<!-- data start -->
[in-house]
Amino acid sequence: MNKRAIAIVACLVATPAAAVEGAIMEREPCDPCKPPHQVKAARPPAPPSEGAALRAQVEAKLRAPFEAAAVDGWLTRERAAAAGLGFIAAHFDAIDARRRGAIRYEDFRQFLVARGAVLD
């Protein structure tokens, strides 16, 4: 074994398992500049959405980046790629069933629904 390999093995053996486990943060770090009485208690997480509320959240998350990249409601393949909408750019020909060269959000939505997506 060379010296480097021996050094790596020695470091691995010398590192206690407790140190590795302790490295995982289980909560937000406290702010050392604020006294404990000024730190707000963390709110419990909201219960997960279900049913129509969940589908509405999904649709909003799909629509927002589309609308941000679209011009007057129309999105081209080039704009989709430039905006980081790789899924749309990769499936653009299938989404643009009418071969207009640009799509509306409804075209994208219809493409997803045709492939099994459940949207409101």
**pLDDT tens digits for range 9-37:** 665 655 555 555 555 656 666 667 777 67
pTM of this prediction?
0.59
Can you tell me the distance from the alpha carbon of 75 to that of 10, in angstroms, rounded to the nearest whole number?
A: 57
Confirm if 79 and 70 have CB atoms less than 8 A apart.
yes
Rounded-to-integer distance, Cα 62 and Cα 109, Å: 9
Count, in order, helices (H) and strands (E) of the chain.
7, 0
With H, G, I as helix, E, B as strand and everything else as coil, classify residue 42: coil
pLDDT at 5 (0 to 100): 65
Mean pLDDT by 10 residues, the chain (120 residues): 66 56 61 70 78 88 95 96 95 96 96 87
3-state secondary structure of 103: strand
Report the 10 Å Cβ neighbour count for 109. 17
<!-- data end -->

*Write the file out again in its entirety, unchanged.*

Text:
[in-house]
Amino acid sequence: MNKRAIAIVACLVATPAAAVEGAIMEREPCDPCKPPHQVKAARPPAPPSEGAALRAQVEAKLRAPFEAAAVDGWLTRERAAAAGLGFIAAHFDAIDARRRGAIRYEDFRQFLVARGAVLD
């Protein structure tokens, strides 16, 4: 074994398992500049959405980046790629069933629904 390999093995053996486990943060770090009485208690997480509320959240998350990249409601393949909408750019020909060269959000939505997506 060379010296480097021996050094790596020695470091691995010398590192206690407790140190590795302790490295995982289980909560937000406290702010050392604020006294404990000024730190707000963390709110419990909201219960997960279900049913129509969940589908509405999904649709909003799909629509927002589309609308941000679209011009007057129309999105081209080039704009989709430039905006980081790789899924749309990769499936653009299938989404643009009418071969207009640009799509509306409804075209994208219809493409997803045709492939099994459940949207409101």
**pLDDT tens digits for range 9-37:** 665 655 555 555 555 656 666 667 777 67
pTM of this prediction?
0.59
Can you tell me the distance from the alpha carbon of 75 to that of 10, in angstroms, rounded to the nearest whole number?
A: 57
Confirm if 79 and 70 have CB atoms less than 8 A apart.
yes
Rounded-to-integer distance, Cα 62 and Cα 109, Å: 9
Count, in order, helices (H) and strands (E) of the chain.
7, 0
With H, G, I as helix, E, B as strand and everything else as coil, classify residue 42: coil
pLDDT at 5 (0 to 100): 65
Mean pLDDT by 10 residues, the chain (120 residues): 66 56 61 70 78 88 95 96 95 96 96 87
3-state secondary structure of 103: strand
Report the 10 Å Cβ neighbour count for 109. 17